Honoring Fallen Heroes
SAF/PA 2006 Air Force Public Affairs
Memorial Day, 2006
Today we pause to remember all those who made the ultimate sacrifice for this nation, the fallen warriors who never came home to their families and friends. Liberty is a precious gift whose benefits we all enjoy every day, but too often we give little thought to the price paid for it. Memorial Day is the one day each year on which we reflect on the tremendous sacrifices made by our fellow countrymen.
We are a nation and an Air Force at war. Our Airmen have been engaged in combat operations for more than 15 years, from the Persian Gulf War, through the patrols over the 'No Fly Zone' to Operation Iraqi Freedom. Sadly, more than 2,300 young men and women have given their lives in the cause of freedom. We mourn the loss of each member of our military family.
This day of remembrance was first observed to mark the terrible losses of the Civil War in the 1860s. More than 620,000 Americans fell on our own soil, giving "the last full measure of devotion," in President Abraham Lincoln's memorable phrase.
Our nation survived that bloody civil war, and went on to become a beacon of hope for millions of people around the world.
The fruits of their labors can be seen throughout the world. Former World War II adversaries like Germany, Italy and Japan are now our allies - first terribly punished by our aerial might but later sustained and even protected from the air. Dozens of countries in Eastern Europe, once in the grip of Soviet domination throughout the Cold War, are now emerging as democracies in their own right. Many of them are playing a key role in helping us win the global war on terrorism by granting overflight and basing rights. The technology of war has changed dramatically since the American Civil War, but the risks and suffering of war have not. For brave Americans who bear the risk, no victory is free from sorrow. This nation fights proudly, but we know the cost as we see the, the flag-draped coffins now carried home by our C-17s that carry the remains of fallen heroes.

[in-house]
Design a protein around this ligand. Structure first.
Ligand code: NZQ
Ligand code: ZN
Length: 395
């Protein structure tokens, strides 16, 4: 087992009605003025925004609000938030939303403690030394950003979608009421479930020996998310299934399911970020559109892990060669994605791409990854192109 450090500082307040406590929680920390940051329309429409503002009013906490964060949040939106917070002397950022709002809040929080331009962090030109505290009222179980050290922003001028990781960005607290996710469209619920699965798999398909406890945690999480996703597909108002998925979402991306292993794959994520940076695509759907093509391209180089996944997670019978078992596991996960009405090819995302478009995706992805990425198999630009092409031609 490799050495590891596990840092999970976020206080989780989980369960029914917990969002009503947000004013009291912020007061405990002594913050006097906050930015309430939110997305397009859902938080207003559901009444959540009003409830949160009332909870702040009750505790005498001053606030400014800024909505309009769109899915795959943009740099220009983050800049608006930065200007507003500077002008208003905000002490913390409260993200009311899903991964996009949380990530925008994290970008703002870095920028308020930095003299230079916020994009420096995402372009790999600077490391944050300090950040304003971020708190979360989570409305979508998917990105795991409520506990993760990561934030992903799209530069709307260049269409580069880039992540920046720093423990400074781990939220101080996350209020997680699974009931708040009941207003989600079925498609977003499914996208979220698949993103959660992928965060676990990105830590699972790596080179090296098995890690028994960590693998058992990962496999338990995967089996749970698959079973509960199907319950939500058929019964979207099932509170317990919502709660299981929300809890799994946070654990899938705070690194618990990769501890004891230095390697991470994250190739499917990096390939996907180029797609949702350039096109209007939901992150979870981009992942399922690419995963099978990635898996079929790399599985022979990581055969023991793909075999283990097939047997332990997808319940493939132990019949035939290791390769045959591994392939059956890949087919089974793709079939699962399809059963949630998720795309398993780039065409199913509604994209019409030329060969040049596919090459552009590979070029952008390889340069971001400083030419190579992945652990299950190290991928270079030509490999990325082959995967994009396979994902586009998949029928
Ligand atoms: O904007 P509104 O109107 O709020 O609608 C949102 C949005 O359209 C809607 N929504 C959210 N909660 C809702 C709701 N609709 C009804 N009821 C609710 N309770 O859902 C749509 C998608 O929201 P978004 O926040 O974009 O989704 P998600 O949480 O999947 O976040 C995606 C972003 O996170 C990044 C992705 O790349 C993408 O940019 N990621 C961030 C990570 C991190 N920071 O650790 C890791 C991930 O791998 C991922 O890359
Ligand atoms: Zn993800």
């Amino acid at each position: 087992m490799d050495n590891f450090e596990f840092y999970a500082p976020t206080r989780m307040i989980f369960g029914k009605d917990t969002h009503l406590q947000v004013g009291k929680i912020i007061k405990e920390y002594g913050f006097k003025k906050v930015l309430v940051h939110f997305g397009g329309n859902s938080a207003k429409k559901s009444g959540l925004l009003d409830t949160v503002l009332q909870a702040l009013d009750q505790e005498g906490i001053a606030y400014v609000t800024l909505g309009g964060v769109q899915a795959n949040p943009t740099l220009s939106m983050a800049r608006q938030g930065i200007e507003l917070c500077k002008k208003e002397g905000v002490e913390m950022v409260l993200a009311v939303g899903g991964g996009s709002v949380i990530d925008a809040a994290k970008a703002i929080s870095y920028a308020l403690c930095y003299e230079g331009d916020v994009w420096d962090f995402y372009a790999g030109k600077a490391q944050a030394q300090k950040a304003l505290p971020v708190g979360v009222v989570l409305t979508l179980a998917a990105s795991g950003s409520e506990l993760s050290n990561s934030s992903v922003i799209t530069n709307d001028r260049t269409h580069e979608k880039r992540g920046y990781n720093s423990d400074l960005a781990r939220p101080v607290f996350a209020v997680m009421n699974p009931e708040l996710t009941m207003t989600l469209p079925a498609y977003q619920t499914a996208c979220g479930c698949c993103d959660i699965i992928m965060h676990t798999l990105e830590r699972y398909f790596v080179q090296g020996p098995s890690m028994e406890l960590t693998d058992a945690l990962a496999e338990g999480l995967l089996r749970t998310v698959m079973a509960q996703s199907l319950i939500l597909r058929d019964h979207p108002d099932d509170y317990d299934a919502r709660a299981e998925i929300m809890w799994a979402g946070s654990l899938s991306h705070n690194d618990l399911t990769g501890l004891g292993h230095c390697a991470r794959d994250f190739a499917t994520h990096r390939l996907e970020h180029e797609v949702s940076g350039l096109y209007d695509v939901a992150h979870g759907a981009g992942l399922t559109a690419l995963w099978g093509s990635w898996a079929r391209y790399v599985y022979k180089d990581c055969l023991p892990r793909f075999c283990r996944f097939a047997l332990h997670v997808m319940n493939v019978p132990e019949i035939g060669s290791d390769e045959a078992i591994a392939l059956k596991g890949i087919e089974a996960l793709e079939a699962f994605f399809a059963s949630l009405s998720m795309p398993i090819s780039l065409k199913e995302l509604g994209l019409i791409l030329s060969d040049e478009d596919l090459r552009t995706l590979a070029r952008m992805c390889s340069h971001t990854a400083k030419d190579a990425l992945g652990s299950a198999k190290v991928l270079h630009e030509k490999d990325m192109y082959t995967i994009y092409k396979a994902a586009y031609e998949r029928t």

President Bush has said, "It is not in our nature to seek out wars and conflicts. But whenever they have come, when adversaries have left us no alternative, American men and women have stood ready to take the risks and pay the ultimate price."
Some of America's best and brightest have given their lives on the blood-soaked beaches of Normandy, in the jungles of the South Pacific, and over the skies of Nazi Germany and Imperial Japan. They have fought and fallen on the icy slopes of the Korean Peninsula and the rice paddies of Vietnam. And they've fought in the deadly skies south of Korea's Yalu River and in Vietnam's Red River Valley. More recently, they have fought and died in the mountains and caves of Afghanistan, and in the deadly streets of Iraq.